from Each Angel Burns
The clouds were low and golden. The sky, between them and the lights along the distant shore, was deep coral and shimmering. Lightning, Maggie thought. It wouldn’t be long until it reached her but she lingered on the rock outcrop listening to the waves thunder as the incoming tide rushed into the flume below. The day was a scorcher, rain would be welcome. She decided on one more swim before climbing the stone stairs to the abbey. Here in the cove the water was always warmer than farther up the shore where the Gulf of Maine could go the entire summer without becoming bearable. Sliding down into the deep blue she let the water caress her skin as she stroked lazily out to where she could see the top of the lighthouse at the tip of the peninsula. It was one of the old stone lighthouses, the kind she loved, built from native granite—the same native granite that she carved into weeping maidens.
Above the thunder of the flume there was a deeper rumbling as she stroked back to the rocks. She thought about staying in the water until the rain reached her but the tide here was unpredictable. Even on calm days she had drifted with her eyes closed for what seemed like minutes only to discover herself swept well away from land and floating toward Owl’s Head. When Peter was able to get away for a visit she ventured out farther but alone she wasn’t as adventurous. Peter was a formidable swimmer but she lacked both his physical strength and his courage.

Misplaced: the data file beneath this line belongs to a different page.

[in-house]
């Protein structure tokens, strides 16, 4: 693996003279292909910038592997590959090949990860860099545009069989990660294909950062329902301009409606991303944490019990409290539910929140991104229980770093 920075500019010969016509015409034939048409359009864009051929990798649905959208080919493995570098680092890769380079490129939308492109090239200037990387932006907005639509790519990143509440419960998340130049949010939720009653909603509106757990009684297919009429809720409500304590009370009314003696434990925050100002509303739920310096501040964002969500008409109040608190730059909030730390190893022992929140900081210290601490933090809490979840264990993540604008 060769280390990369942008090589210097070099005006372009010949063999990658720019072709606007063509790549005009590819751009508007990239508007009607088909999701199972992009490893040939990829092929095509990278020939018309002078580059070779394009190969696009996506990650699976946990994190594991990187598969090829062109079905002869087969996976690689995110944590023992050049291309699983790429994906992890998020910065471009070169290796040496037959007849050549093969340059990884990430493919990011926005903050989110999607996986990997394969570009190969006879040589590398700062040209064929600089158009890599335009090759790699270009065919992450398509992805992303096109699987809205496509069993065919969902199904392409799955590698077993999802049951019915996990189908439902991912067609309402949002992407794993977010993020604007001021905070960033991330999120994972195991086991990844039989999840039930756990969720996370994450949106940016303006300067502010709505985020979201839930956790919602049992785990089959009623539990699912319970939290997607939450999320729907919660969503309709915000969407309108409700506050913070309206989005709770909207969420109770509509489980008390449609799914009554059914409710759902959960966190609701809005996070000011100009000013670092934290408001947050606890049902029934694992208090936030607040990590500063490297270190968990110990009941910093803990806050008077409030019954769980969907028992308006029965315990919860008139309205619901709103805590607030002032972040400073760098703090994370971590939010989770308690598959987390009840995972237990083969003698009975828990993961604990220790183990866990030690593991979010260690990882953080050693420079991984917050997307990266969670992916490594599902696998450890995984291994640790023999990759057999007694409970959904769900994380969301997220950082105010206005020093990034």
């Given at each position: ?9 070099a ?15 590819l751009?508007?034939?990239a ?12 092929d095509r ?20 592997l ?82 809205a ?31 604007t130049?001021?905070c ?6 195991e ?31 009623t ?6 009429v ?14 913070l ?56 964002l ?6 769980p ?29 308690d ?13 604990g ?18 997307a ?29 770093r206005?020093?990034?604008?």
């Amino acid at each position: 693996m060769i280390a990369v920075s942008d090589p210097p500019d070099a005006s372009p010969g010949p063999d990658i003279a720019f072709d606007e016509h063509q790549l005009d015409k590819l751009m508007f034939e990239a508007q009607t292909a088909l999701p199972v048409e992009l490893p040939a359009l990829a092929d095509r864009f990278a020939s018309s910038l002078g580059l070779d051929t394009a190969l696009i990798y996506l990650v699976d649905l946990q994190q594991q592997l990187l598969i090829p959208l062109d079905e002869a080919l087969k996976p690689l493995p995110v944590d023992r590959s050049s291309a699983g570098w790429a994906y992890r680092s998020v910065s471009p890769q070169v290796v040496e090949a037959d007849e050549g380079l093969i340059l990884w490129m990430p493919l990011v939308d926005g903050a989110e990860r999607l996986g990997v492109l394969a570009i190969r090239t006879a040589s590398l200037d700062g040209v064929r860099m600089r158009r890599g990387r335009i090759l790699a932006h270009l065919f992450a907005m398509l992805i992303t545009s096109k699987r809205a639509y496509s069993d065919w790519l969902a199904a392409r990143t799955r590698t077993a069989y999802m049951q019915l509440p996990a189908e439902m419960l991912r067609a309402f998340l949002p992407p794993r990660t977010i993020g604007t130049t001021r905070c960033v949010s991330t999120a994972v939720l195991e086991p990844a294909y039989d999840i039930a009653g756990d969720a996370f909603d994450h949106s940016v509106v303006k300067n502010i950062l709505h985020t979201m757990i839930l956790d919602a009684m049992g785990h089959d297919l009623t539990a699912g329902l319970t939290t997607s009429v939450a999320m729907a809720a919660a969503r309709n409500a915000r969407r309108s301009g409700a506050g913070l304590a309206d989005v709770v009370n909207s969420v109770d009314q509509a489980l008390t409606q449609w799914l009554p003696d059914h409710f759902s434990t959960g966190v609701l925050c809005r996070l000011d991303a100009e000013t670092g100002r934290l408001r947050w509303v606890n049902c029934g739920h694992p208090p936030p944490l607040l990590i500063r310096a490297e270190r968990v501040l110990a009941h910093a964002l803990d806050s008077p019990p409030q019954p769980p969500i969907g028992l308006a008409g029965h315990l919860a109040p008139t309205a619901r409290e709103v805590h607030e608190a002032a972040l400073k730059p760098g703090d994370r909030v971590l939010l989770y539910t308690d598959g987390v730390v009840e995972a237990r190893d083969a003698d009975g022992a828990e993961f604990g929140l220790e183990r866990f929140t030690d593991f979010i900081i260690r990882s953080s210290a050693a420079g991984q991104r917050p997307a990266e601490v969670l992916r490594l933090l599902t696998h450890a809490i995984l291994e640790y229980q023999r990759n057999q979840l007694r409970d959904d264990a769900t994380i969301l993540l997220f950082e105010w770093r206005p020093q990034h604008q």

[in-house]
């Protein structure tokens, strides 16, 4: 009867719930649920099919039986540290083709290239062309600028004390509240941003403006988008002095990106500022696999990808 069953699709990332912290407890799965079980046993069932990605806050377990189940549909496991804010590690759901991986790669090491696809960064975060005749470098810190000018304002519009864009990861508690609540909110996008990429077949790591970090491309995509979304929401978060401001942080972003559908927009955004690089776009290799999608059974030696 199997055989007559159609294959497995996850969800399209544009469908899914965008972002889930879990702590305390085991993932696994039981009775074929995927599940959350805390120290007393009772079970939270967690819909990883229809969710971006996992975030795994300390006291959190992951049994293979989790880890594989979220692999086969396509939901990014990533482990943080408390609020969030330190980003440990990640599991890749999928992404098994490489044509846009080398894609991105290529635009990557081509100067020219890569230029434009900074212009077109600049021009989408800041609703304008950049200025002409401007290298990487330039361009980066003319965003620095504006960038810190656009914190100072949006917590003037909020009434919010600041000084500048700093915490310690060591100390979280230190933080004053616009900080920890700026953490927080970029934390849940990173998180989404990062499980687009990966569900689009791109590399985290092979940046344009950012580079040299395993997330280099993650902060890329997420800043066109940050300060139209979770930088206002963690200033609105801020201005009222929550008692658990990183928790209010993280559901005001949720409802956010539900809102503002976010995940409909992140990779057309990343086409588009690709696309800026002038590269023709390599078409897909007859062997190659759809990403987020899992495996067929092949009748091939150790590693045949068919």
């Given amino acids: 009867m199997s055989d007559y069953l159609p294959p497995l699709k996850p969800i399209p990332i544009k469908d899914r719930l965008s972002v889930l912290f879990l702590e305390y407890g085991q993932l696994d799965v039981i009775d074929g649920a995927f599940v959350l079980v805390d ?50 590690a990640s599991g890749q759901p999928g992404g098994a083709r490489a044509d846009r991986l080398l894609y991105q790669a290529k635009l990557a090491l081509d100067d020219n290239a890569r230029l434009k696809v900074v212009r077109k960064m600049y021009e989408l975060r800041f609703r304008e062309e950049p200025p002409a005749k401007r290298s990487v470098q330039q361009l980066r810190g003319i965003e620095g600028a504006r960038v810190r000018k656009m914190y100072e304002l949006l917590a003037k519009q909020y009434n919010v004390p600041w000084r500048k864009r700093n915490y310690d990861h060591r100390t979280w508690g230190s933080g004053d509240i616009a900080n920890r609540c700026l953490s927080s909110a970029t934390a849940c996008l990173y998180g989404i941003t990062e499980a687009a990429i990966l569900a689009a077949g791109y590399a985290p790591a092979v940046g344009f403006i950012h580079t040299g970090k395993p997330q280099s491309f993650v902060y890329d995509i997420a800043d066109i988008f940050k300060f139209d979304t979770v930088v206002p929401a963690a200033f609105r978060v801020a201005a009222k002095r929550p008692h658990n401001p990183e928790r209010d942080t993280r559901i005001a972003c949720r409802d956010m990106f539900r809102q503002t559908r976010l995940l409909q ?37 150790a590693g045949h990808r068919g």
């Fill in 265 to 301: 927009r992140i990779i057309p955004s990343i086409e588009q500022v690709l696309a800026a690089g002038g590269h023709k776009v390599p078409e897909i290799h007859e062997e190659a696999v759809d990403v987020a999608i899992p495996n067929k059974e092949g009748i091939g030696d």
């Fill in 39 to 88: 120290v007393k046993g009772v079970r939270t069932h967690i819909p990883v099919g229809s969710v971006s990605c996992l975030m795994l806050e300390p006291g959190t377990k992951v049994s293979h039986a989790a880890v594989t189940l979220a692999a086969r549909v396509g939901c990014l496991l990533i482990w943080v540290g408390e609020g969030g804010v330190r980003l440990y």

Stretching out on the rocks she let the day’s heat permeate her skin. A sea breeze announced the coming rain. She could see the ripple across the ocean’s surface moving toward her, then over her, chilling her skin, and pinching her nipples into tiny hard knots. A few more minutes, she thought, a few more minutes and she would put her clothes back on and climb the steps winding through banks of beach roses. She lay back with an arm across her eyes and wondered if the nuns who once occupied the abbey ever snuck down those steps to bathe in the cove. She wondered if they swam naked, too. A naked nun, she thought. Interesting idea for a statue.
from The Crazy Old Lady Unleashed
Maksim Gromyko could not remember when the spirits did not speak to him. He was born in the Carpathian Mountains on the border between Romania and Ukraine. The town he lived in was simple and remote; the people nervous and superstitious. There had been a time when people in that part of the world lived in fear of vampires and werewolves but when Maksim was a child there were worse monsters—there was the government. There were soldiers who came without warning, took what they wanted, and left ruin behind. Maksim's father was a mechanic with a small repair shop and his mother was a sweet and gentle woman who had given birth every year of her married life, though only one in three of her children lived past their second birthday. Maksim, the oldest, was eleven when his father was taken away by the soldiers. His mother cried and pleaded and begged but that meant nothing. It broke his heart to see her kneeling in the street, weeping into her apron, trying to understand the words “crimes against the state.” Maksim did not know what they meant either.